The opinion of the court was delivered by: Craig M. Kellison United States Magistrate Judge
Plaintiff, a prisoner proceeding pro se, brings this civil rights action pursuant to 42 U.S.C. § 1983. Plaintiff has consented to Magistrate Judge jurisdiction pursuant to 28 U.S.C. § 636(c) and no other party has been served or appeared in the action. Pending before the court is plaintiff's complaint (Doc. 1).
On June 23, 2011, the court directed plaintiff to show cause within 30 days why this action should not be dismissed for failure to state a claim. The court stated:
Plaintiff names the following as defendants: Heffner, Heatley, and Hawkins, all of whom are prison doctors, as well as J. Clark Kelso, the receiver for prison health care. Plaintiff alleges that defendants have treated him over the past year and, as such, know that he suffers degenerative disc disease and that his condition is rapidly deteriorating. Plaintiff adds:
. . . The Defendants have acted very unreasonably in treating my condition, amounting to no corrective operation, which would otherwise satisfy the condition. No reason whatsoever exists to excuse the ignorance of my medical condition by said Defendants and their ignoring my treatment is occurring purposely. Said Defendants know that I am experiencing continuous pain and are not at all prescribing me effective pain medication, and have knowingly reduced the dosages I used to get.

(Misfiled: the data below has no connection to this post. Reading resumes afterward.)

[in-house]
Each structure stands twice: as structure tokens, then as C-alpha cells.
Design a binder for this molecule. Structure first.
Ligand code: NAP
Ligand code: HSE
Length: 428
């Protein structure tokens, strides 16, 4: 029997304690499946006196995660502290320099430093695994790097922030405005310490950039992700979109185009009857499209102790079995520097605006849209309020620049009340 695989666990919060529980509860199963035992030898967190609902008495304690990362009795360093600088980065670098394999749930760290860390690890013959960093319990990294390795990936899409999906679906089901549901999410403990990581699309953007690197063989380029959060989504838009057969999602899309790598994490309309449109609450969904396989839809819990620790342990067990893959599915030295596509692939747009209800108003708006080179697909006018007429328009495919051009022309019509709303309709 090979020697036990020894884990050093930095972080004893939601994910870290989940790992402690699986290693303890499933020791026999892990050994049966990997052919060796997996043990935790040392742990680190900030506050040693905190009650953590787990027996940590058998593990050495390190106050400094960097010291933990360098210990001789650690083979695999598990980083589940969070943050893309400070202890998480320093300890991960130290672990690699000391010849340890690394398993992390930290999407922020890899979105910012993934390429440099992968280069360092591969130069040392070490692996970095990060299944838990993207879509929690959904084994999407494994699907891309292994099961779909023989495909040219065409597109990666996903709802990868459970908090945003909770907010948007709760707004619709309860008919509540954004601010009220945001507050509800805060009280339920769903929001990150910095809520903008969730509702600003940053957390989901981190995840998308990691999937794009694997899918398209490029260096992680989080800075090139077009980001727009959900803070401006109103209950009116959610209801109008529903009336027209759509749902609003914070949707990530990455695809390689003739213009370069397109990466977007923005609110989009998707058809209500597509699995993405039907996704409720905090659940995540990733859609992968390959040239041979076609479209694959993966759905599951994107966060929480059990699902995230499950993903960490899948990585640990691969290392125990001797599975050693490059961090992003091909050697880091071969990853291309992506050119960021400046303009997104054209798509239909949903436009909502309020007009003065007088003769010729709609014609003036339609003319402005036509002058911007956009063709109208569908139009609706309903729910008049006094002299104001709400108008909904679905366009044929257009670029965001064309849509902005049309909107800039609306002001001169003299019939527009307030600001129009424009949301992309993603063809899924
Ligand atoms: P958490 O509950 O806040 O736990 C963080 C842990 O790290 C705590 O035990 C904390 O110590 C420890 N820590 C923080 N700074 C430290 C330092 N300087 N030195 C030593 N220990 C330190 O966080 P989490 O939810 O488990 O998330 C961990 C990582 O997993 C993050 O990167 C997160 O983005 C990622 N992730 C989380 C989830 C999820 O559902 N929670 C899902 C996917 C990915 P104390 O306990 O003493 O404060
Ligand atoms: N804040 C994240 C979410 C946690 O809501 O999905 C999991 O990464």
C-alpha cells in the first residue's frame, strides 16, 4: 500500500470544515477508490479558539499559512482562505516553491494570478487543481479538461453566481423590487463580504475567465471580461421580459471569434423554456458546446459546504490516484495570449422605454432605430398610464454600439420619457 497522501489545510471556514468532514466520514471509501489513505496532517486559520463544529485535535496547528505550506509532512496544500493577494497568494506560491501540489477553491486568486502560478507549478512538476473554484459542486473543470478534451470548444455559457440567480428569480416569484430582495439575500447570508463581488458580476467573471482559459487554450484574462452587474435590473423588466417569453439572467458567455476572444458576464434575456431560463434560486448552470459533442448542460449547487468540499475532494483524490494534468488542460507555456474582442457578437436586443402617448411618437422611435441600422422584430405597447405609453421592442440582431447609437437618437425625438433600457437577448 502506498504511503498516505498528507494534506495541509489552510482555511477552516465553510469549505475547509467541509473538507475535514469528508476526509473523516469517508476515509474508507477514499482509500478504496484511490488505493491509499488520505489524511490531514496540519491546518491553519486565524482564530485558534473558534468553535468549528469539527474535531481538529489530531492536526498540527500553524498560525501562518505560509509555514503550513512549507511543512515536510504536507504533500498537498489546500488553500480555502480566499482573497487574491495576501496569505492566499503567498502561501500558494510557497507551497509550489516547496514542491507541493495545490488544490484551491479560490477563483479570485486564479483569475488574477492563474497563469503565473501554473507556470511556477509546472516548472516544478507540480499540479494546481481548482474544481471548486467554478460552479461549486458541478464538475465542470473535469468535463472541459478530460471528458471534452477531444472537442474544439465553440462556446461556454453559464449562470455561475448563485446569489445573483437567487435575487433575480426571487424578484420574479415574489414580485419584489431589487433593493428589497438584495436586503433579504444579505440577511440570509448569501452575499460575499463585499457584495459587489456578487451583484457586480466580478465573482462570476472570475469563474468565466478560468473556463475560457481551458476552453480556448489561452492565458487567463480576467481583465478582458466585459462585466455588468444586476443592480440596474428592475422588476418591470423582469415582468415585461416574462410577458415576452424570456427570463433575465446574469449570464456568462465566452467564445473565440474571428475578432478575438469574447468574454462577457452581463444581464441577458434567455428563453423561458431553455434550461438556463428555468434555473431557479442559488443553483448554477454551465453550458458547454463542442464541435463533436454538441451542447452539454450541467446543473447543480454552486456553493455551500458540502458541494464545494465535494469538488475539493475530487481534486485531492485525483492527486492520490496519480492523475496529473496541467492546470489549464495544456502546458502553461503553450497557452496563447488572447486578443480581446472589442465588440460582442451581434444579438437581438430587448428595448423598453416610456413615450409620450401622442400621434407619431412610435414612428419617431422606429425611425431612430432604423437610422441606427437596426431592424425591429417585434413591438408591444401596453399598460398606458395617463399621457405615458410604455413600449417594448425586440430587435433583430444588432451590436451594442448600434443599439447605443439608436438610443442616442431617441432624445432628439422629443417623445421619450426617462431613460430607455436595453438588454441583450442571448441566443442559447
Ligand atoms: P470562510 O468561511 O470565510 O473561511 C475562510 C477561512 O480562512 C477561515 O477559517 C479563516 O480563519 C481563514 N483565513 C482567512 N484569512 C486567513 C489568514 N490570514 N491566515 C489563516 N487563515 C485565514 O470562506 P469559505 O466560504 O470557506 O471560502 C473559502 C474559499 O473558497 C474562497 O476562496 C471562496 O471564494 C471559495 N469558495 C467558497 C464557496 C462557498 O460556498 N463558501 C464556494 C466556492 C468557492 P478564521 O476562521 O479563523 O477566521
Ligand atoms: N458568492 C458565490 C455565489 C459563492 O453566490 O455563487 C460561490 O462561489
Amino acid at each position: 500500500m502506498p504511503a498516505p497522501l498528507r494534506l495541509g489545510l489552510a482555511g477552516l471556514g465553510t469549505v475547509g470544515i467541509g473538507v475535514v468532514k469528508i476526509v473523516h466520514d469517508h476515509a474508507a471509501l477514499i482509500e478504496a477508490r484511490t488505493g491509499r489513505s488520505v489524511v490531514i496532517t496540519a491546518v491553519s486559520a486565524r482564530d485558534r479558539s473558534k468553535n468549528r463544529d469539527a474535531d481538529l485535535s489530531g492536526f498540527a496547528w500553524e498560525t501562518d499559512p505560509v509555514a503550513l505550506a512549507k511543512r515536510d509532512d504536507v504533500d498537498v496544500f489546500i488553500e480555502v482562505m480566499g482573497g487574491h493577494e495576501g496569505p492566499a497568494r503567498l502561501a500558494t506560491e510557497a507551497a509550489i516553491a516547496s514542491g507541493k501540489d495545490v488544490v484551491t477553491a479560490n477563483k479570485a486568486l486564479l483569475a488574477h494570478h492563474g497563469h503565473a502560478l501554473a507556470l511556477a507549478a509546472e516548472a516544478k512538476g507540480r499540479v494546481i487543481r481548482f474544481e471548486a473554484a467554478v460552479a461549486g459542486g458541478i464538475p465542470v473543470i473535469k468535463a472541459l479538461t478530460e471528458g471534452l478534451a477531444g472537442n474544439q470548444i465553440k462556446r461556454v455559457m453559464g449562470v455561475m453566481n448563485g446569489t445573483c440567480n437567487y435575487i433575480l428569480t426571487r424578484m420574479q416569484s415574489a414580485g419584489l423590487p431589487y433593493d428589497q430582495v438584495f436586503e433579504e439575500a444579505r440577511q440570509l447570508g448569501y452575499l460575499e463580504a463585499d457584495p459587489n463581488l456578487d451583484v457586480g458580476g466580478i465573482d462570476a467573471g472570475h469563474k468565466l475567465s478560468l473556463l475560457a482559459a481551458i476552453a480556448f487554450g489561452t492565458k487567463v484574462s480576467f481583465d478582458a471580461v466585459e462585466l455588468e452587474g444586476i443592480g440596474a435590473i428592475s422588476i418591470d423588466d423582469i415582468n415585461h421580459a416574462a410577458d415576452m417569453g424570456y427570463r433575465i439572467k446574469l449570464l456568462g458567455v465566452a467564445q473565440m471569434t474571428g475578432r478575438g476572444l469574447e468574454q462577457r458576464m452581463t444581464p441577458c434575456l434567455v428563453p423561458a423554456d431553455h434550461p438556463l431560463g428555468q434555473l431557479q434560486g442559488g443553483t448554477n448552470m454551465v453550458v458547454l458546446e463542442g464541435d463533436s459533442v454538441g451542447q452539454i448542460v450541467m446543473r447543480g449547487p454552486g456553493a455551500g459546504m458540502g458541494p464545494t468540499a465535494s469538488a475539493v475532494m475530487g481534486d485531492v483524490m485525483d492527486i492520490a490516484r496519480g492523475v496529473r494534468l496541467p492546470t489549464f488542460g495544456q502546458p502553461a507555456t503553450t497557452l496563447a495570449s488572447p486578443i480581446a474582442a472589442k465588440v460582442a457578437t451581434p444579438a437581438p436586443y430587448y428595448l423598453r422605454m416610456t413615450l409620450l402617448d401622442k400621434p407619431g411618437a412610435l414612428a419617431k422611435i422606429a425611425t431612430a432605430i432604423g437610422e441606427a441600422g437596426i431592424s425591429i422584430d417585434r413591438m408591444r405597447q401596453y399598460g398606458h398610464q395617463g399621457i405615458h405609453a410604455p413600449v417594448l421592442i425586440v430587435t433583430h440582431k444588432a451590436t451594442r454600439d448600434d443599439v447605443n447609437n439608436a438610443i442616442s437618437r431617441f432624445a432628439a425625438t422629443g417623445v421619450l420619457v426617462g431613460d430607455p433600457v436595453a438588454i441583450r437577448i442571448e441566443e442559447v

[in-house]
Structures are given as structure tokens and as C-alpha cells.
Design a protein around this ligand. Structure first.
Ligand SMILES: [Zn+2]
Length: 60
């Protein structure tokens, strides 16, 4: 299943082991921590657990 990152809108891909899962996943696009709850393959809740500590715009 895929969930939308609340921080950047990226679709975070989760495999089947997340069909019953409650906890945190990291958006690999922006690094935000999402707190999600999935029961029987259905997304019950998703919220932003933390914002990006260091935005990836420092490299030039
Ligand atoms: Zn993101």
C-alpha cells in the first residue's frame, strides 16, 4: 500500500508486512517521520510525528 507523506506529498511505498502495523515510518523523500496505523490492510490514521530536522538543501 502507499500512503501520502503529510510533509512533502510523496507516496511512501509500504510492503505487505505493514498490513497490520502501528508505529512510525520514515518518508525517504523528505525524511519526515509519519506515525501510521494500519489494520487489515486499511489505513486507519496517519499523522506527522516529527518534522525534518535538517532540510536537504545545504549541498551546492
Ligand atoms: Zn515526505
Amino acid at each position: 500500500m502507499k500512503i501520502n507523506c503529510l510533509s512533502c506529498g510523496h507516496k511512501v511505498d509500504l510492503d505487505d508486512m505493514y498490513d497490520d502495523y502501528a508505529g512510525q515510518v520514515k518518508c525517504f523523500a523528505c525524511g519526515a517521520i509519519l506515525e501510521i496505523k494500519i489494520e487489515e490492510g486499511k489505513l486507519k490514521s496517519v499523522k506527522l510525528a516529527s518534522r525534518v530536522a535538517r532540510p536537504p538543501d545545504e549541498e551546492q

The treatment a prisoner receives in prison and the conditions under which the prisoner is confined are subject to scrutiny under the Eighth Amendment, which prohibits cruel and unusual punishment. See Helling v. McKinney, 509 U.S. 25, 31 (1993); Farmer v. Brennan, 511 U.S. 825, 832 (1994). Negligence in diagnosing or treating a medical condition does not, however, give rise to a claim under the Eighth Amendment. See Estelle v. Gamble, 429 U.S. 97, 102, 106 (1976). Moreover, a difference of opinion between the prisoner and medical providers concerning the appropriate course of treatment does not give rise to an Eighth Amendment claim. See Jackson v. McIntosh, 90 F.3d 330, 332 (9th Cir. 1996).
The court finds that the allegations set forth in the complaint describe a difference of opinion between plaintiff and prison doctors as to the appropriate course of treatment. In particular, plaintiff does not allege the complete denial of medical care. Rather, he states that the treatment he has received is "unreasonable" and that his medications are not "effective." Thus, it is clear that he is in fact receiving some kind of treatment and medication. Plaintiff's disagreement with the course of his treatment does not state a claim.
Plaintiff was cautioned that failure to file a response to the order to show cause could result in dismissal of the action, both for the reasons stated in the order to show cause and for lack of prosecution and failure to comply with court rules and orders. See Local Rule 110. To date, plaintiff has not filed a response to the order to show cause and the court finds that dismissal of the action is appropriate.
Accordingly, IT IS HEREBY ORDERED that:
1. This action is dismissed for failure to state a claim;
2. Plaintiff's motion for injunctive relief (Doc. 2) is denied as moot; and
3. The Clerk of the Court is directed to enter judgment and close this file.
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